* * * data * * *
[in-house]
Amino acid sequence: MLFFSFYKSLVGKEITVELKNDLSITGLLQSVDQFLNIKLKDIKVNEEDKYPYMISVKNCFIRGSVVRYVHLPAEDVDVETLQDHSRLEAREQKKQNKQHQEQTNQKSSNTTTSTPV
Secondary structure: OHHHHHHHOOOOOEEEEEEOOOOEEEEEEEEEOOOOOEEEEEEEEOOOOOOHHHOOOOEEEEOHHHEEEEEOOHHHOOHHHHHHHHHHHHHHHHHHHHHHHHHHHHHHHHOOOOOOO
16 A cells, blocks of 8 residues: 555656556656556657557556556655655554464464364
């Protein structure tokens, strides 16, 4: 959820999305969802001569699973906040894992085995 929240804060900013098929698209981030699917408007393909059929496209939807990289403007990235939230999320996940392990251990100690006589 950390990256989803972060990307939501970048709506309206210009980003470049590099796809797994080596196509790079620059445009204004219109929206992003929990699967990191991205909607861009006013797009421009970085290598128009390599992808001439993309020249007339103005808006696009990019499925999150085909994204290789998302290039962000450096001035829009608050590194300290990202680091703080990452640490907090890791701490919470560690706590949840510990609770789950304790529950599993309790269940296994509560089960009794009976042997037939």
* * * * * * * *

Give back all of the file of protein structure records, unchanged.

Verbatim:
[in-house]
Amino acid sequence: MLFFSFYKSLVGKEITVELKNDLSITGLLQSVDQFLNIKLKDIKVNEEDKYPYMISVKNCFIRGSVVRYVHLPAEDVDVETLQDHSRLEAREQKKQNKQHQEQTNQKSSNTTTSTPV
Secondary structure: OHHHHHHHOOOOOEEEEEEOOOOEEEEEEEEEOOOOOEEEEEEEEOOOOOOHHHOOOOEEEEOHHHEEEEEOOHHHOOHHHHHHHHHHHHHHHHHHHHHHHHHHHHHHHHOOOOOOO
16 A cells, blocks of 8 residues: 555656556656556657557556556655655554464464364
């Protein structure tokens, strides 16, 4: 959820999305969802001569699973906040894992085995 929240804060900013098929698209981030699917408007393909059929496209939807990289403007990235939230999320996940392990251990100690006589 950390990256989803972060990307939501970048709506309206210009980003470049590099796809797994080596196509790079620059445009204004219109929206992003929990699967990191991205909607861009006013797009421009970085290598128009390599992808001439993309020249007339103005808006696009990019499925999150085909994204290789998302290039962000450096001035829009608050590194300290990202680091703080990452640490907090890791701490919470560690706590949840510990609770789950304790529950599993309790269940296994509560089960009794009976042997037939």